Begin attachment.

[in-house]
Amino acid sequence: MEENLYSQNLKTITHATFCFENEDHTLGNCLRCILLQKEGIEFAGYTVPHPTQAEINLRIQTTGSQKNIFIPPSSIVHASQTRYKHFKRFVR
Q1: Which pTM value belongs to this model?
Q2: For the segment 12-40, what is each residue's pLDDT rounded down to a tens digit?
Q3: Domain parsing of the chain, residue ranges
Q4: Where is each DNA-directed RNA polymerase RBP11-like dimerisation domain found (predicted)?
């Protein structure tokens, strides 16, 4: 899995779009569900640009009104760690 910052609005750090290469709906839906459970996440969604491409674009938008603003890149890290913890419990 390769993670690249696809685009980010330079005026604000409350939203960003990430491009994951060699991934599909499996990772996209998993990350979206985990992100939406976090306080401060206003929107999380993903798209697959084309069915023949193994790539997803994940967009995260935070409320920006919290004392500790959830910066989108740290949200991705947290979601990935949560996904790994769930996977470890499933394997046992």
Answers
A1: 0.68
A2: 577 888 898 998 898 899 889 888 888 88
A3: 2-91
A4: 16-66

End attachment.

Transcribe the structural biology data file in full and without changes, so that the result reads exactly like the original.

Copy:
[in-house]
Amino acid sequence: MEENLYSQNLKTITHATFCFENEDHTLGNCLRCILLQKEGIEFAGYTVPHPTQAEINLRIQTTGSQKNIFIPPSSIVHASQTRYKHFKRFVR
Q1: Which pTM value belongs to this model?
Q2: For the segment 12-40, what is each residue's pLDDT rounded down to a tens digit?
Q3: Domain parsing of the chain, residue ranges
Q4: Where is each DNA-directed RNA polymerase RBP11-like dimerisation domain found (predicted)?
């Protein structure tokens, strides 16, 4: 899995779009569900640009009104760690 910052609005750090290469709906839906459970996440969604491409674009938008603003890149890290913890419990 390769993670690249696809685009980010330079005026604000409350939203960003990430491009994951060699991934599909499996990772996209998993990350979206985990992100939406976090306080401060206003929107999380993903798209697959084309069915023949193994790539997803994940967009995260935070409320920006919290004392500790959830910066989108740290949200991705947290979601990935949560996904790994769930996977470890499933394997046992």
Answers
A1: 0.68
A2: 577 888 898 998 898 899 889 888 888 88
A3: 2-91
A4: 16-66